Why not take a new photo?
Wearable Gadgets Live or Die on Whether They’re Really Comfortable wear – It’s hard to recommend a fitness tracker that gives me a bang or a headset constantly dragging my head down. So, for HTC’s new, extraordinarily lightweight Vive Flow VR headset, the company wanted to show just how comfortable it can fit into your life, regardless of the world wearing it in your comfortable living room. Turning pictures of men and women.
a rather important reason Why They don’t care: they don’t wear it at all. It is photoshopped. The woman in the picture above was actually photographed with a bowl of popcorn and not a headset or phone. Here’s what the original looks like on istockphoto.com:
As of protocol Janko Roettgers told on Twitter yesterdayThe vast majority of HTC’s leaked lifestyle images of the HTC Vive Flow also came from istockphoto.com, and HTC is using the final versions of those photos prominently on its public-facing website. Here are a few more:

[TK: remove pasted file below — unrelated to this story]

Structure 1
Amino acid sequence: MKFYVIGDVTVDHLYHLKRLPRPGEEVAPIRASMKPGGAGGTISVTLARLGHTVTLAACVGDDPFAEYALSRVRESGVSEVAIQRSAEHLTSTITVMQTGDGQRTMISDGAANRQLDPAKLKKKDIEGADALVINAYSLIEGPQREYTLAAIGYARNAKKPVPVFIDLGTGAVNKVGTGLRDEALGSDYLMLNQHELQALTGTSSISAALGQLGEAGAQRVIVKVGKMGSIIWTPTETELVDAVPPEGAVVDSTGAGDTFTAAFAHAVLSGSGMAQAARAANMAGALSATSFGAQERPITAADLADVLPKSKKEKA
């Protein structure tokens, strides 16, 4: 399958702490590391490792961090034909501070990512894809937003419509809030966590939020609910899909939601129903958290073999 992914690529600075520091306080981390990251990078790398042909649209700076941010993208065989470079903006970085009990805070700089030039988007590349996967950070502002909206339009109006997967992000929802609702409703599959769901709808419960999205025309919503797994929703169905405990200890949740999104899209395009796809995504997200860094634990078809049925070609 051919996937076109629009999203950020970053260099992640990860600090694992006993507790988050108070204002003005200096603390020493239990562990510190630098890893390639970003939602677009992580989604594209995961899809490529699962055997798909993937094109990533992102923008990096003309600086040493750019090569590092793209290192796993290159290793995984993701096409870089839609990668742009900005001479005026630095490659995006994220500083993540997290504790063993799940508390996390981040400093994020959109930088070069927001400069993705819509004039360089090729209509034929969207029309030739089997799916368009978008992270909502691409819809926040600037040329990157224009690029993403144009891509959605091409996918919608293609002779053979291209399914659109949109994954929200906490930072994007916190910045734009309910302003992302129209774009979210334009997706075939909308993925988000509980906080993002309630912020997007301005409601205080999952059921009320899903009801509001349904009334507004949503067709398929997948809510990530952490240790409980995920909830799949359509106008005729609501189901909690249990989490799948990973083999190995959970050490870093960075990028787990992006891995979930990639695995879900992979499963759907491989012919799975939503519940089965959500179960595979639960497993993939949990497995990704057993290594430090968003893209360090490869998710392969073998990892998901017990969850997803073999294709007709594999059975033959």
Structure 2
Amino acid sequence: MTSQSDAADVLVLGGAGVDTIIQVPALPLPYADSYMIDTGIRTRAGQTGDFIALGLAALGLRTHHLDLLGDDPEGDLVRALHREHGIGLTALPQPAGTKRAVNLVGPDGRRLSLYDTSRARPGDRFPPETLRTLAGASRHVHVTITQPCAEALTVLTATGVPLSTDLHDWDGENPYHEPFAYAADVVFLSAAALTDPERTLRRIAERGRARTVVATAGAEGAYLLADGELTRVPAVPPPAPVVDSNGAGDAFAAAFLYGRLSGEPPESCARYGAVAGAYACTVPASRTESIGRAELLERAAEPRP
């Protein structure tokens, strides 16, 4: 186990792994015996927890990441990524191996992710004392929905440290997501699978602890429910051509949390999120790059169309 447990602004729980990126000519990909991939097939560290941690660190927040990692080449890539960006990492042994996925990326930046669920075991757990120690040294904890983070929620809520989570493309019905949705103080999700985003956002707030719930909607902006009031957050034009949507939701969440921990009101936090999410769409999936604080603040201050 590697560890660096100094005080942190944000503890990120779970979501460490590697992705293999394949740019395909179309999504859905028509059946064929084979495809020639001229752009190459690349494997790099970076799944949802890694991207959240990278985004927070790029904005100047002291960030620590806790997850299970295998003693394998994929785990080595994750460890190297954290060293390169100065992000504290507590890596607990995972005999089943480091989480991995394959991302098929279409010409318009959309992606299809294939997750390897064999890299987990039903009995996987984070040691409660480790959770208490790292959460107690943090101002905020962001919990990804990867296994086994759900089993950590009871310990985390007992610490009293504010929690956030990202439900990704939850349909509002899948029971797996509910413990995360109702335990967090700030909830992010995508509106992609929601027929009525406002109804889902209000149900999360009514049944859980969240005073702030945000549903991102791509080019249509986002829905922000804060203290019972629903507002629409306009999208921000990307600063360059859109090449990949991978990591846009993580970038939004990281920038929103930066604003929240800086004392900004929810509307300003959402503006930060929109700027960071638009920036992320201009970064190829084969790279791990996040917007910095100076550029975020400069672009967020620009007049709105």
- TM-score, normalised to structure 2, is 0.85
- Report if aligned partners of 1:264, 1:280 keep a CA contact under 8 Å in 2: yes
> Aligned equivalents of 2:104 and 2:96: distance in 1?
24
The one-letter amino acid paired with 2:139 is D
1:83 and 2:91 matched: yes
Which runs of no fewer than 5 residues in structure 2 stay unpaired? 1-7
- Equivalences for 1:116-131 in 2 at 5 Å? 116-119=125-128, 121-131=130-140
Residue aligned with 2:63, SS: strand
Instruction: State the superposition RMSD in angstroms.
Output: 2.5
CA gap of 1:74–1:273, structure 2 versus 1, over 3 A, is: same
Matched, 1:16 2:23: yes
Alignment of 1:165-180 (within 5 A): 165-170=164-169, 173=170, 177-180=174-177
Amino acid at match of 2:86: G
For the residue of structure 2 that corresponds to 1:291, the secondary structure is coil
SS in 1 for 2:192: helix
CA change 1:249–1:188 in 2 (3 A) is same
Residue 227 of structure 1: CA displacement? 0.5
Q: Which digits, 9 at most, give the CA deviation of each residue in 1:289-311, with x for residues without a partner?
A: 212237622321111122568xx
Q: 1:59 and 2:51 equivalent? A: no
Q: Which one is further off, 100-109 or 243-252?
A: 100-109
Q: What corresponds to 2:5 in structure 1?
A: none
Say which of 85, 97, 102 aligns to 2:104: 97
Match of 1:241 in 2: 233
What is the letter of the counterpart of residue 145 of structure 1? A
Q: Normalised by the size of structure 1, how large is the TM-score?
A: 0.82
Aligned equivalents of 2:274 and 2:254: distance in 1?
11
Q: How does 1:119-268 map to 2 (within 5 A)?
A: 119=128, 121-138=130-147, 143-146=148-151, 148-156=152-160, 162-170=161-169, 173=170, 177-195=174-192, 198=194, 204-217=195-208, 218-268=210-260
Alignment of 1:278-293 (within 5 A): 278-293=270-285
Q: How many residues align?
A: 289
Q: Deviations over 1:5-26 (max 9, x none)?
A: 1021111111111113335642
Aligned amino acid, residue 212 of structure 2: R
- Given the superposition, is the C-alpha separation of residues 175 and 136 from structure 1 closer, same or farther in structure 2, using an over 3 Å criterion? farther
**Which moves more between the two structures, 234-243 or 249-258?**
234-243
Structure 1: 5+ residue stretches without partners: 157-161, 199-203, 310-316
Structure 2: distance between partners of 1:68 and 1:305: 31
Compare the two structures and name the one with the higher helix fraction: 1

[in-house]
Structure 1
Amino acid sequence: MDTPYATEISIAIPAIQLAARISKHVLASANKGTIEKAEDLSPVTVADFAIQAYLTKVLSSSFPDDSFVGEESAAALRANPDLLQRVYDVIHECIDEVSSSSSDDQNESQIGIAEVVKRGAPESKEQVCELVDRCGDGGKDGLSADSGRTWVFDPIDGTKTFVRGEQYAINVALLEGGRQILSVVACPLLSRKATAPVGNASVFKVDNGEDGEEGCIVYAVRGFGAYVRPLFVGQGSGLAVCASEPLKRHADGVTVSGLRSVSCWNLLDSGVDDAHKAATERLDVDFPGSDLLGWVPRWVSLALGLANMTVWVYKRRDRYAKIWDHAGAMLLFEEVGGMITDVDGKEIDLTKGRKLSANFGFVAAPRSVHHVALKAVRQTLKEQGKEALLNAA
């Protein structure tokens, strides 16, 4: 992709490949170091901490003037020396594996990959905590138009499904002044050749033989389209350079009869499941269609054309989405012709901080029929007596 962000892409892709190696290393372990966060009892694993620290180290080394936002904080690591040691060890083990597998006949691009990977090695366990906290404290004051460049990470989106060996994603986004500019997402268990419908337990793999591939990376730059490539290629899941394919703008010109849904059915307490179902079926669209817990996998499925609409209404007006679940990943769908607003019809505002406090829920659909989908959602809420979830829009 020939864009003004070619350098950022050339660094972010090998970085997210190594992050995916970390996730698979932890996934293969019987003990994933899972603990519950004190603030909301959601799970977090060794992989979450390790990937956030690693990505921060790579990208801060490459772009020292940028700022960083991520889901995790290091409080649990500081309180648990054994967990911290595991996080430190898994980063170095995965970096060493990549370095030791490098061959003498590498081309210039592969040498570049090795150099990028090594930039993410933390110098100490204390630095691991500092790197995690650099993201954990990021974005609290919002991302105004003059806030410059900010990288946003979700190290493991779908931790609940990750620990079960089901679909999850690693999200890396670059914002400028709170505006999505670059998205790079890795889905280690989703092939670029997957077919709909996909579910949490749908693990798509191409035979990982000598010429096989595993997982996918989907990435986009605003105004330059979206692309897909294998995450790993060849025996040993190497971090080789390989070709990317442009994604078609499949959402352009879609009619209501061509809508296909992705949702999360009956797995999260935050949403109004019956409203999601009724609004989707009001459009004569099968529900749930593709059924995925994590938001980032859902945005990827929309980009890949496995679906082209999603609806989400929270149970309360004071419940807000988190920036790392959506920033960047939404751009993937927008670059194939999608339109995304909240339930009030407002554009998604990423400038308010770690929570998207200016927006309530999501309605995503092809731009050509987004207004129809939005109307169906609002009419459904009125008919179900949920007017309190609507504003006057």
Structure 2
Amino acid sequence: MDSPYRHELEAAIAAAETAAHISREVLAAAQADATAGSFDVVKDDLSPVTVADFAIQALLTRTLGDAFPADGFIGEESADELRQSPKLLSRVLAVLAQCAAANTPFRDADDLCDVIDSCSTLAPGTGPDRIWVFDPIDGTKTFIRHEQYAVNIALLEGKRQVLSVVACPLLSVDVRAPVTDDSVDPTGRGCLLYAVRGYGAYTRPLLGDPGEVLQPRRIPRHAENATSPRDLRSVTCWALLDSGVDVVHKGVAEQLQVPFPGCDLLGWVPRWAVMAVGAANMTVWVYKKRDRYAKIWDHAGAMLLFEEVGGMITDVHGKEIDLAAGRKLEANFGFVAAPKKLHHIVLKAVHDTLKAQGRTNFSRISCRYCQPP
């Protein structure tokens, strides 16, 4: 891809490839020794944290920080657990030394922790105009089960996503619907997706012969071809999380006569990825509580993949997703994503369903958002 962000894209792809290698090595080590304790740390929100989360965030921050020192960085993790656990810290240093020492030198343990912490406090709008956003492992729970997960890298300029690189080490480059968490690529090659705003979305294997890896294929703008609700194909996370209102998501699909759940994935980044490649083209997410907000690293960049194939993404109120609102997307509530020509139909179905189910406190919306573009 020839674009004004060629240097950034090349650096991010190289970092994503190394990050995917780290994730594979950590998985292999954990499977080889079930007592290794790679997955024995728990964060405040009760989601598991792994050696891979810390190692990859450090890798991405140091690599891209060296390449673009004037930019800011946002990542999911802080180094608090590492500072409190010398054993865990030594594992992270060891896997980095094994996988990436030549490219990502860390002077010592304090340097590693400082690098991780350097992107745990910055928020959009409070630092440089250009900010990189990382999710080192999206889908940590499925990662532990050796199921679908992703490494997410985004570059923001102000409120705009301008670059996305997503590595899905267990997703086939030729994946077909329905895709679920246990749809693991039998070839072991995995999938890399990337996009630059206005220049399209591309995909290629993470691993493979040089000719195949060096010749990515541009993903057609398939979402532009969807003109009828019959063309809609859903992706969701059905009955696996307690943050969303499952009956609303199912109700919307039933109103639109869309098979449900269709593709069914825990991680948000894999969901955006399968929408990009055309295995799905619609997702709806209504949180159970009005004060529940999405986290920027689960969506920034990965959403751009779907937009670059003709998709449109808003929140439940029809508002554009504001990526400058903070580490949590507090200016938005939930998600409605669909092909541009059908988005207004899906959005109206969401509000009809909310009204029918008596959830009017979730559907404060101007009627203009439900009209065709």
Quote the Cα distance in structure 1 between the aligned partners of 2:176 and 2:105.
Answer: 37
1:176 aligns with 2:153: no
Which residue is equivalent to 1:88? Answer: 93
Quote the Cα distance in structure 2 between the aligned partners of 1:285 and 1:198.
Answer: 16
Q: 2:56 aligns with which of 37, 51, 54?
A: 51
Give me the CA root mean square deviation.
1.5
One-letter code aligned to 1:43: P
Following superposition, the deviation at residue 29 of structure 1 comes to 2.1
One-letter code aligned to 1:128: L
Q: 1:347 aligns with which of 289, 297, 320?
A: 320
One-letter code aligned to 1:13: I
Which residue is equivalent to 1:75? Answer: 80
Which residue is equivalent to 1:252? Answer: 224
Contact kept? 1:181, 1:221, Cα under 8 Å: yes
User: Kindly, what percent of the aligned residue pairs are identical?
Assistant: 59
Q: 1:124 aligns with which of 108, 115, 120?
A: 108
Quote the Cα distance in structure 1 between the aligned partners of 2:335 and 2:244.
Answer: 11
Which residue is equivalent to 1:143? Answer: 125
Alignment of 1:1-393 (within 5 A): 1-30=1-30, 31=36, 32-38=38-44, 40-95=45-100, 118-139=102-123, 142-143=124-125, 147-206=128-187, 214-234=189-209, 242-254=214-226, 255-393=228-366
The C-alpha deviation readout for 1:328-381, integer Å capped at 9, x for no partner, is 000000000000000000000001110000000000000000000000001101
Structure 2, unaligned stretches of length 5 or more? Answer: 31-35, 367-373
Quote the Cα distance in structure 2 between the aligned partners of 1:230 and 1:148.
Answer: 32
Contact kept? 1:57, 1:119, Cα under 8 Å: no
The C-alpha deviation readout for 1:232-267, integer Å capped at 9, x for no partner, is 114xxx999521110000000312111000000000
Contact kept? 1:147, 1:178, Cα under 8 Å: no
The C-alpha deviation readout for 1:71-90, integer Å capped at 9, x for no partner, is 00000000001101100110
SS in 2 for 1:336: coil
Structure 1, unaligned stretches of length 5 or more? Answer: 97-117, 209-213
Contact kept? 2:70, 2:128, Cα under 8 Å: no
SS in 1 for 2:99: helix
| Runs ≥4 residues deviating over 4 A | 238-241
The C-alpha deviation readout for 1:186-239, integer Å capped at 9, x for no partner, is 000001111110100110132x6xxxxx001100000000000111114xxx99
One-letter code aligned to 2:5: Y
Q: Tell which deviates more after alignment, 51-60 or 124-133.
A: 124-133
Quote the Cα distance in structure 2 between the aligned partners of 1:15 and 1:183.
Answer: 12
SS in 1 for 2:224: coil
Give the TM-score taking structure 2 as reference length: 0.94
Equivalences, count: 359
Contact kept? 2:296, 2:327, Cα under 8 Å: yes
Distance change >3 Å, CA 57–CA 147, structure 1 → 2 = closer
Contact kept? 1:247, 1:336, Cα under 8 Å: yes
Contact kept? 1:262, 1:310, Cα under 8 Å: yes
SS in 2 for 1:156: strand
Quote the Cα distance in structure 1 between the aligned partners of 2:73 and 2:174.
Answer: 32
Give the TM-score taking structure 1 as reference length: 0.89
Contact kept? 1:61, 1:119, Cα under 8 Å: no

it could be worse. They could have forced a ridiculous smile on someone’s face, an image I don’t see on the final website:
Or, they could pull up a Panasonic and photoshop a white man’s head onto a black man’s body, in addition to shopping in their wearable speaker.
This is the second time in two months that we’re seeing a wearable gadget digitally attached to a person’s body, and it’s strange. It’s misleading, and – fair or not – my gut reaction is to wonder what these companies are trying to hide. (My colleague Adi Robertson said the headset kept rolling down his face in the demo, but he also tried a different face gasket that worked better.)
It’s a bad look, especially for wearables. Please stop it.